I owe a special debt of gratitude to Jeff for setting the example. If you want to see what Django can really do in the hands of a self-professed non-programmer, you need look no further than Jeff’s new site. When he came to work for World Online last year, I taught him everything I know (literally) about Django. He took it and ran with it, and quickly stole my title as the Leading Expert on Django Who Isn’t a Programmer. Now I’m stealing from him.

I couldn’t have done it without Jeff, or Jacob who wrote the app that hauls in content from Flickr and, or Matt who wrote the script to import all my old posts from Movable Type, or Adrian, or James or pretty much anyone who’s ever contributed to Django since the beginning.

Where did everything go?

Most of the content here is the same as before—I’ve just moved some things around.

I’ve grouped the recommendations together and moved the “Meet” section (interviews with friends) back into the blog where it really belongs. I might do more of those later, but there’s no reason for it to be more than an occasional feature of the blog. I’ve got some ideas for doing more with the recommendations too, but I’m trying to get something out there instead of doing it all at once. Very Real of me.

I’ve really slowed down on taking photos since I started including them on this site. From the beginning, I was always toeing the line between trying to be “artsy” and just shooting snapshots for the memory bin. This time I’ve cut back on the photos that are published on this site to just my favorites. You can still find all the rest on flickr along with the snapshots, inside jokes and screenshots.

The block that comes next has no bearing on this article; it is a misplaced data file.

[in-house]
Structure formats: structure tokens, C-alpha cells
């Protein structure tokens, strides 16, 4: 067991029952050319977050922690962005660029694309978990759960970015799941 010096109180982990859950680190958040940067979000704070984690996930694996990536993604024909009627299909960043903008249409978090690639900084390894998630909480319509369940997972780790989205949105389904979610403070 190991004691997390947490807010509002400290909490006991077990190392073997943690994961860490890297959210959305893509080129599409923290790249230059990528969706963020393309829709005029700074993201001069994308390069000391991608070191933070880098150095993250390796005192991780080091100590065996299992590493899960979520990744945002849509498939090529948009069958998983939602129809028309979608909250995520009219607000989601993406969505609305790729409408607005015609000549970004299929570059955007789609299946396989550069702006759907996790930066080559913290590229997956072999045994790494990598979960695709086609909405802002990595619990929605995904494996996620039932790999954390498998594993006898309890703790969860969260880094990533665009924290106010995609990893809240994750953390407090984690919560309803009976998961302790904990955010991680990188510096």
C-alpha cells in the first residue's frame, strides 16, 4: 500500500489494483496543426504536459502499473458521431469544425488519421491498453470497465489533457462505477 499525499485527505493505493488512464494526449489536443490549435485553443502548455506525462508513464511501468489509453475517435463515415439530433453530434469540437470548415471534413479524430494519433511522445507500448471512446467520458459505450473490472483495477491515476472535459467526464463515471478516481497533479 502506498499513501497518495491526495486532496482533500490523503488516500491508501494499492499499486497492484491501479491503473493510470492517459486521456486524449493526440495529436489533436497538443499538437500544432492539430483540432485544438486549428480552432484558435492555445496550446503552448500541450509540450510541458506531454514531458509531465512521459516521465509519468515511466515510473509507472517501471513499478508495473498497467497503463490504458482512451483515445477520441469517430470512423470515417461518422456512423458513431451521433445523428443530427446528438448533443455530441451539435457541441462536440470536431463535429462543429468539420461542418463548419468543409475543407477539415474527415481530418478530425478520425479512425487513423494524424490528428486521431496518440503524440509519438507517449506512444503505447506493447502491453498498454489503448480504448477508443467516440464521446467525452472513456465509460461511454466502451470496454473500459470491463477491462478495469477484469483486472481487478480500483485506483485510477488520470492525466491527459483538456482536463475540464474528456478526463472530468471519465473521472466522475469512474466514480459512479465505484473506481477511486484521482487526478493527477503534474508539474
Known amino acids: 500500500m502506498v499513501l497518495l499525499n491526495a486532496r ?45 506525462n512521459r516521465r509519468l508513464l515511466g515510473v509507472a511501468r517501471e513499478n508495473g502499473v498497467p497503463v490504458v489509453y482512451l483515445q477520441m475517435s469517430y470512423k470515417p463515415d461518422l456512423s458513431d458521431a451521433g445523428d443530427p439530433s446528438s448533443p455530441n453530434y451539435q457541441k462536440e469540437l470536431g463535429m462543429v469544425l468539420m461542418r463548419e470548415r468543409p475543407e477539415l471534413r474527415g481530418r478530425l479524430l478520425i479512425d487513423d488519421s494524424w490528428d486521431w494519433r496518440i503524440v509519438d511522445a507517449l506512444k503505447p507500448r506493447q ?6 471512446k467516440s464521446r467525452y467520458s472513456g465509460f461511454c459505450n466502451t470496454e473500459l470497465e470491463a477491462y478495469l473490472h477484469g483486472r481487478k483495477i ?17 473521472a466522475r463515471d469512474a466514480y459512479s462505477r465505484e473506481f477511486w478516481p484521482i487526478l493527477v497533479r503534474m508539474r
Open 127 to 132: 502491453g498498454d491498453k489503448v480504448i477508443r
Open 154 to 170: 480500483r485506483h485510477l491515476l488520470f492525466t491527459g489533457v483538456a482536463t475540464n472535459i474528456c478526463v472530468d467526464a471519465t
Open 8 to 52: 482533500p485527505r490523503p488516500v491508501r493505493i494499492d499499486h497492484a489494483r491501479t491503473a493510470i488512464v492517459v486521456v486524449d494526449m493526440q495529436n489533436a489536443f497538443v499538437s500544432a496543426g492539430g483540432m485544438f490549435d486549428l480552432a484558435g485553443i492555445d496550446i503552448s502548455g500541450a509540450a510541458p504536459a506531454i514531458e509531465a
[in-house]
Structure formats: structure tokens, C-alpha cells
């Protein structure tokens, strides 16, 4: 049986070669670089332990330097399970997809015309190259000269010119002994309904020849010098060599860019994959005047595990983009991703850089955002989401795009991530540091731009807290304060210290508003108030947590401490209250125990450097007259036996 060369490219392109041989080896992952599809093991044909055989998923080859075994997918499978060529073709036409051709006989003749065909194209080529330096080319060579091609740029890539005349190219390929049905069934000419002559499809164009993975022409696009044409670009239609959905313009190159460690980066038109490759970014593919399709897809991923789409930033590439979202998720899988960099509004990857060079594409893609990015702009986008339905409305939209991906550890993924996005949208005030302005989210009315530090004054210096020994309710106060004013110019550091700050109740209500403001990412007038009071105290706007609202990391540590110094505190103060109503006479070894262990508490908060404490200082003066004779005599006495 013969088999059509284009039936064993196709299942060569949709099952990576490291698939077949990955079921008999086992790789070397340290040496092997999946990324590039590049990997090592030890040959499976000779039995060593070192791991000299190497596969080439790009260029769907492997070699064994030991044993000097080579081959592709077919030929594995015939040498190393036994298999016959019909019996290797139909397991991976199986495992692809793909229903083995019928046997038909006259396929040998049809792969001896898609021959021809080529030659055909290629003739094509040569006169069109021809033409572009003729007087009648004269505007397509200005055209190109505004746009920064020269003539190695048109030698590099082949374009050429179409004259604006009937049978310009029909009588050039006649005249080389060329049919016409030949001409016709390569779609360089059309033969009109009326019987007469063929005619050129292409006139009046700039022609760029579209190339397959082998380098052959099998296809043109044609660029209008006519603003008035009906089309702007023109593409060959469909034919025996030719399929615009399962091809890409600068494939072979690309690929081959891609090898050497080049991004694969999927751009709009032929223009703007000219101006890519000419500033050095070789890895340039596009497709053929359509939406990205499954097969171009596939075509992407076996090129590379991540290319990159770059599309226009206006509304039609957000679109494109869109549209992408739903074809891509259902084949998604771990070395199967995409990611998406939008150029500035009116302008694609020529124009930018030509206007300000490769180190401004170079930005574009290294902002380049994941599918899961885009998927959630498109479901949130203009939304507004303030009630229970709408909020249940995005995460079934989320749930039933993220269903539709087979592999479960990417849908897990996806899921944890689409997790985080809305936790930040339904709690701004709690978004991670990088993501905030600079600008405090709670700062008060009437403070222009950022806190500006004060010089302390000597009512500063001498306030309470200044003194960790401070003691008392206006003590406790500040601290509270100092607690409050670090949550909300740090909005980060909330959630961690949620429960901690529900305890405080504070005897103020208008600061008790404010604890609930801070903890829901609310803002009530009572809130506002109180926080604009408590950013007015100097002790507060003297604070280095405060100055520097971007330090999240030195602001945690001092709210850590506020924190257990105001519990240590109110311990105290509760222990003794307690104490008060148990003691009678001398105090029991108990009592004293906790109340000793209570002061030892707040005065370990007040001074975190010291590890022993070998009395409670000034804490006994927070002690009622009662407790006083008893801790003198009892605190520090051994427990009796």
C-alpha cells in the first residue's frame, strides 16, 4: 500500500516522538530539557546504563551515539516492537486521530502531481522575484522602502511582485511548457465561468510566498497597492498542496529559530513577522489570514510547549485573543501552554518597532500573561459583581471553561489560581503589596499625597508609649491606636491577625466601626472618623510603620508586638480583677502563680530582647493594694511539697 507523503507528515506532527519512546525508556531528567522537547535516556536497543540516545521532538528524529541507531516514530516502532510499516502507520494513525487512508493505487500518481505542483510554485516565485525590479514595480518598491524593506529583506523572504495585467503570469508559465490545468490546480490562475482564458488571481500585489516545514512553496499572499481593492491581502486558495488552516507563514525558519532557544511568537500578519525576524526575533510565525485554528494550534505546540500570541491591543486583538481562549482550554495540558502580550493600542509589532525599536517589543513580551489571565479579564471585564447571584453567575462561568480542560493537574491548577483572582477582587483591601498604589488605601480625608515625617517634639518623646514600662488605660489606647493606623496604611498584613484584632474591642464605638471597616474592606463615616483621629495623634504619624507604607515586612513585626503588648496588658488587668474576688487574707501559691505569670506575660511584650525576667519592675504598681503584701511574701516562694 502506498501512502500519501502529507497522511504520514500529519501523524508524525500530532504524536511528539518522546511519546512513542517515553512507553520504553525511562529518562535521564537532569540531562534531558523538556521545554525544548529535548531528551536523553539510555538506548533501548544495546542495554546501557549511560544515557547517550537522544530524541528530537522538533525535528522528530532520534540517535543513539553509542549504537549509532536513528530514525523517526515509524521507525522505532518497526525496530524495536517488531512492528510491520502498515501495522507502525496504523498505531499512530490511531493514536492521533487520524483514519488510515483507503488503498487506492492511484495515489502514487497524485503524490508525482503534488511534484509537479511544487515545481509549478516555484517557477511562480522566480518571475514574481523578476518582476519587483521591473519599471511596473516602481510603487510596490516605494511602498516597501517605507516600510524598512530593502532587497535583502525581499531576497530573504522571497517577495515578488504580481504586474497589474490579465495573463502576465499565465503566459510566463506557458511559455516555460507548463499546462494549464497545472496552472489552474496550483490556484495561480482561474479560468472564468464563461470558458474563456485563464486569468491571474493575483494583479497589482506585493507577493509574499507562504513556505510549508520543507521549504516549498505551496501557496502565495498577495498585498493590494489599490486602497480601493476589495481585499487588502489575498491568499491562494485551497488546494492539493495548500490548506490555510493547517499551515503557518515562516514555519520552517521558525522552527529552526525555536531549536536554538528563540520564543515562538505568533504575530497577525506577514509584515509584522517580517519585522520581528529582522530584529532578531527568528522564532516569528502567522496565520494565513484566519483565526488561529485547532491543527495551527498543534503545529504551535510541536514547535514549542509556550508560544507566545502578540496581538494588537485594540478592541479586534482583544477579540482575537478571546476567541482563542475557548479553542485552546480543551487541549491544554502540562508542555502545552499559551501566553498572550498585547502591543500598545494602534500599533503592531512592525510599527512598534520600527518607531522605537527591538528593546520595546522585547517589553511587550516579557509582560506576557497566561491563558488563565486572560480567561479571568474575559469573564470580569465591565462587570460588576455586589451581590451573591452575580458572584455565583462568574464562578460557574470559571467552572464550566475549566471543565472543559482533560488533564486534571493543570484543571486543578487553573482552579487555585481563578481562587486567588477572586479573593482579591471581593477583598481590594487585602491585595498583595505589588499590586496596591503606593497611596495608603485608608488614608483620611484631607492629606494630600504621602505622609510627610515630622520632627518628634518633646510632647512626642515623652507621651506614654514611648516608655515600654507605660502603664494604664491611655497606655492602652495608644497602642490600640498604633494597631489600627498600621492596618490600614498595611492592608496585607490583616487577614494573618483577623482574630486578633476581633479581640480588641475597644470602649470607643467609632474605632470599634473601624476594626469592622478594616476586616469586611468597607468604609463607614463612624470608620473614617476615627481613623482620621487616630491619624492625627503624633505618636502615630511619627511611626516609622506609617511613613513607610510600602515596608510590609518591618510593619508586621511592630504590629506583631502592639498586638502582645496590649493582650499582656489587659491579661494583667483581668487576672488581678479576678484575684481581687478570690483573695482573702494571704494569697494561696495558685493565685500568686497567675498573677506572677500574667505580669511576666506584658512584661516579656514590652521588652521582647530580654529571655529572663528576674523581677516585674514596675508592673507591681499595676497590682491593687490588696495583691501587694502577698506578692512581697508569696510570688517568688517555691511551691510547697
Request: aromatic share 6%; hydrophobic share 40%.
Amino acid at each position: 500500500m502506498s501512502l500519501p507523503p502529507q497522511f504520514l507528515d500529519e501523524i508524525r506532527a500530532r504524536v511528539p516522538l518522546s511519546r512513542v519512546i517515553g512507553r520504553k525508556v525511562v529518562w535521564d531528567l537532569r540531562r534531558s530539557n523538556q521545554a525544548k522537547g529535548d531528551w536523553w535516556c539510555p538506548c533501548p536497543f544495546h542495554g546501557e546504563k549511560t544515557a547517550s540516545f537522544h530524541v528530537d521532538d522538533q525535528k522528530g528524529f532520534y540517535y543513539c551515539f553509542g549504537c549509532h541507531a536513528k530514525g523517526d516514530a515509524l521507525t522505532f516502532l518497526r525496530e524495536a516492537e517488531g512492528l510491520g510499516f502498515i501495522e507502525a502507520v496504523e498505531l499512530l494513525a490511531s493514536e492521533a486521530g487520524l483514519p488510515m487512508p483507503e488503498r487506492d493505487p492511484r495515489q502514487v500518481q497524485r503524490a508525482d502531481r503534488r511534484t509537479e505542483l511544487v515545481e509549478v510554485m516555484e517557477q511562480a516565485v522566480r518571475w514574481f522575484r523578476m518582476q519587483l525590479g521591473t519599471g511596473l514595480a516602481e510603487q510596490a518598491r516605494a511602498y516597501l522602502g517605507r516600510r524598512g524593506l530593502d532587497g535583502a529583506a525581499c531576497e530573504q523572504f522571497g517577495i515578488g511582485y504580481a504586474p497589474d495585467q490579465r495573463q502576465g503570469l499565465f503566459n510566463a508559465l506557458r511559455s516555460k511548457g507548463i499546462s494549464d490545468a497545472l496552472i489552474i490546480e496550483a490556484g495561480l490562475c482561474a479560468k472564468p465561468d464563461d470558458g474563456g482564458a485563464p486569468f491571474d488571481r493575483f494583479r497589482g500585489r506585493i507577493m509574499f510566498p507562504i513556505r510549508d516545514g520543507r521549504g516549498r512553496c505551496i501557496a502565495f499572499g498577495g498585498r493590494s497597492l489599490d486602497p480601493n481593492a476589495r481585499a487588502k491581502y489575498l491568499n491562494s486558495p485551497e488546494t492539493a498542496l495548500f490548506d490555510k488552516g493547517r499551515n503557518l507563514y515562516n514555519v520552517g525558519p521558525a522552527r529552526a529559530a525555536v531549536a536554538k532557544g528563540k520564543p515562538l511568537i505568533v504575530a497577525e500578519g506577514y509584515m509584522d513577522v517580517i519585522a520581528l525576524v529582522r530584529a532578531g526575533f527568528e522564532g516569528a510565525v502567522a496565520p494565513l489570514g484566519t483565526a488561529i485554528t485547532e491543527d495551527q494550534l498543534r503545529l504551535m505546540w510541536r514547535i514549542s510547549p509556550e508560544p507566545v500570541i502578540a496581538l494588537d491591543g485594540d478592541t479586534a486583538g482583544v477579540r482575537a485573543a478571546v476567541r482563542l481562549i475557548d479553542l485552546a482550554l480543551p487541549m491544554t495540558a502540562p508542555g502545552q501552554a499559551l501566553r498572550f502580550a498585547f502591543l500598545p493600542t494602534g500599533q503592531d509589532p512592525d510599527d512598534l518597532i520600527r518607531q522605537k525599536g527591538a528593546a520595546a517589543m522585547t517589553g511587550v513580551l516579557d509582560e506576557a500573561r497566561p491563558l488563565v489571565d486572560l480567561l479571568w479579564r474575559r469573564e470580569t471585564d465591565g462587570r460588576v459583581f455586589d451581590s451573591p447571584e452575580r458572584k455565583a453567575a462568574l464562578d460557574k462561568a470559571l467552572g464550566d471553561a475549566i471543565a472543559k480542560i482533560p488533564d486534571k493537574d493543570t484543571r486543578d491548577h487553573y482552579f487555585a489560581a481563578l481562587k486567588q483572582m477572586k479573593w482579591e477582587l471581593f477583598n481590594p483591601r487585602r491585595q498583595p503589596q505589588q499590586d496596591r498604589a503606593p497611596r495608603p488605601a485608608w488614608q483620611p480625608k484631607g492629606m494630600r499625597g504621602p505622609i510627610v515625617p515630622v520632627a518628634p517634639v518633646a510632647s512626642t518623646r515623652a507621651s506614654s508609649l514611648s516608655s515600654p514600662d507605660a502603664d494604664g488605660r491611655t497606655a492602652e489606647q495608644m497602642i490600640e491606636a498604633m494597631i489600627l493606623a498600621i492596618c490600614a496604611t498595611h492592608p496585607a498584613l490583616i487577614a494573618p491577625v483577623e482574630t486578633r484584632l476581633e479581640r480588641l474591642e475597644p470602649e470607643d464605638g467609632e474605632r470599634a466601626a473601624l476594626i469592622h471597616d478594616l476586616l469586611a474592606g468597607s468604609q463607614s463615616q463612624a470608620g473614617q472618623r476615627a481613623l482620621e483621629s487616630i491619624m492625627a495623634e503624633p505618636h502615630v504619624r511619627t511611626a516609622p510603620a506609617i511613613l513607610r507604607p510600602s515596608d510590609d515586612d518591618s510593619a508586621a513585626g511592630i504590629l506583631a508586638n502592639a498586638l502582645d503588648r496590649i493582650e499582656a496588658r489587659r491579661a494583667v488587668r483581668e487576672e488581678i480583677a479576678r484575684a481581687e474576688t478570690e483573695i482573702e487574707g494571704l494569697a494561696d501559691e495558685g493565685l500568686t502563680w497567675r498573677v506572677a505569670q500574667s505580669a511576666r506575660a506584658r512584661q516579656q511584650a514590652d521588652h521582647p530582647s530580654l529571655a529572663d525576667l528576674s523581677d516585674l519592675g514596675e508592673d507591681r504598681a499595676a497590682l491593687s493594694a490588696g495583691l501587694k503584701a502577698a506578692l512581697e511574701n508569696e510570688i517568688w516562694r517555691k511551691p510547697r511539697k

If you’re subscribed to the FeedBurner version of my blog feed, you should already have the new version. If not, you’ll want to resubscribe. There’s also a photos feed now if you’re interested.


  1. 1 May 2006

    Laura Brunow

    I’d like to take part of the responsibility for not letting you finish your redesign today. (by dragging you to Dallas for my brother’s wedding all weekend, making you plan our wedding with me, and generally trying to keep you out of the house and away from your computer)

    Love the big pictures and the openness.

  2. 1 May 2006


    Don’t tell anyone, but I think I like yours more than I like Jeff Croft’s… (although I’ll admit, his attention to detail is extraordinary). Only thing, which seems to apply to everyone’s reboots, is the ultra-wide main text columns. I find it tiring to read text columns that are wider than 450 or 500 pixels or so… I guess it’s a by-product of everybody going for generally wider layouts these days. Maybe I’ll get used to it.

  3. 1 May 2006

    Wilson Miner

    I won’t tell. I promise.

    You’re right about the wide text columns. It’s one of the things on my list that I don’t really consider finished yet. I really didn’t mean for the post content to be so wide, but I haven’t worked out what to do with the space yet.

    I guess that’s what happens when you go wide. It’s really fun at first, and it makes for a great homepage, but sooner or later you have to figure out what to do with all that… space.

  4. 2 May 2006

    Jeff Croft

    Dangit Virginia! Wilson’s ego does not need to be fed! Hehe. Just teasing, of course! :)